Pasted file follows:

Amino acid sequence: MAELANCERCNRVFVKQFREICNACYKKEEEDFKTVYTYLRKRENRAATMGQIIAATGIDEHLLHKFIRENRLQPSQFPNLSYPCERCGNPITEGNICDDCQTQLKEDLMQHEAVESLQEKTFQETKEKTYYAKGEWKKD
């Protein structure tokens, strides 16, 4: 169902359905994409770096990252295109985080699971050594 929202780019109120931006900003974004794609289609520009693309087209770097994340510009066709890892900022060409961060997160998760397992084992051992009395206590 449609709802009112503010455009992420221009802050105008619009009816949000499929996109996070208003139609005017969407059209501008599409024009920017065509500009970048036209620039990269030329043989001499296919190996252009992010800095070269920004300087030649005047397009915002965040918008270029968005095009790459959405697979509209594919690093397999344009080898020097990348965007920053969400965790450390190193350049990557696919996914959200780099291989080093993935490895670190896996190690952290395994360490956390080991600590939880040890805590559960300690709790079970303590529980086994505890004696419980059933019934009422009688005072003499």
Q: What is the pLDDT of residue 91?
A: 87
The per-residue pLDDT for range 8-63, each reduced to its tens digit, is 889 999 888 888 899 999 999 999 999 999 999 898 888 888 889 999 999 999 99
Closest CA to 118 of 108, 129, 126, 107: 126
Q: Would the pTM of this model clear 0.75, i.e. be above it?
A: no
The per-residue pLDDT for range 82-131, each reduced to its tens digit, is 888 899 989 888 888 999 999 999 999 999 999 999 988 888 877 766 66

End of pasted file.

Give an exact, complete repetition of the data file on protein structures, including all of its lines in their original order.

Amino acid sequence: MAELANCERCNRVFVKQFREICNACYKKEEEDFKTVYTYLRKRENRAATMGQIIAATGIDEHLLHKFIRENRLQPSQFPNLSYPCERCGNPITEGNICDDCQTQLKEDLMQHEAVESLQEKTFQETKEKTYYAKGEWKKD
């Protein structure tokens, strides 16, 4: 169902359905994409770096990252295109985080699971050594 929202780019109120931006900003974004794609289609520009693309087209770097994340510009066709890892900022060409961060997160998760397992084992051992009395206590 449609709802009112503010455009992420221009802050105008619009009816949000499929996109996070208003139609005017969407059209501008599409024009920017065509500009970048036209620039990269030329043989001499296919190996252009992010800095070269920004300087030649005047397009915002965040918008270029968005095009790459959405697979509209594919690093397999344009080898020097990348965007920053969400965790450390190193350049990557696919996914959200780099291989080093993935490895670190896996190690952290395994360490956390080991600590939880040890805590559960300690709790079970303590529980086994505890004696419980059933019934009422009688005072003499």
Q: What is the pLDDT of residue 91?
A: 87
The per-residue pLDDT for range 8-63, each reduced to its tens digit, is 889 999 888 888 899 999 999 999 999 999 999 898 888 888 889 999 999 999 99
Closest CA to 118 of 108, 129, 126, 107: 126
Q: Would the pTM of this model clear 0.75, i.e. be above it?
A: no
The per-residue pLDDT for range 82-131, each reduced to its tens digit, is 888 899 989 888 888 999 999 999 999 999 999 999 988 888 877 766 66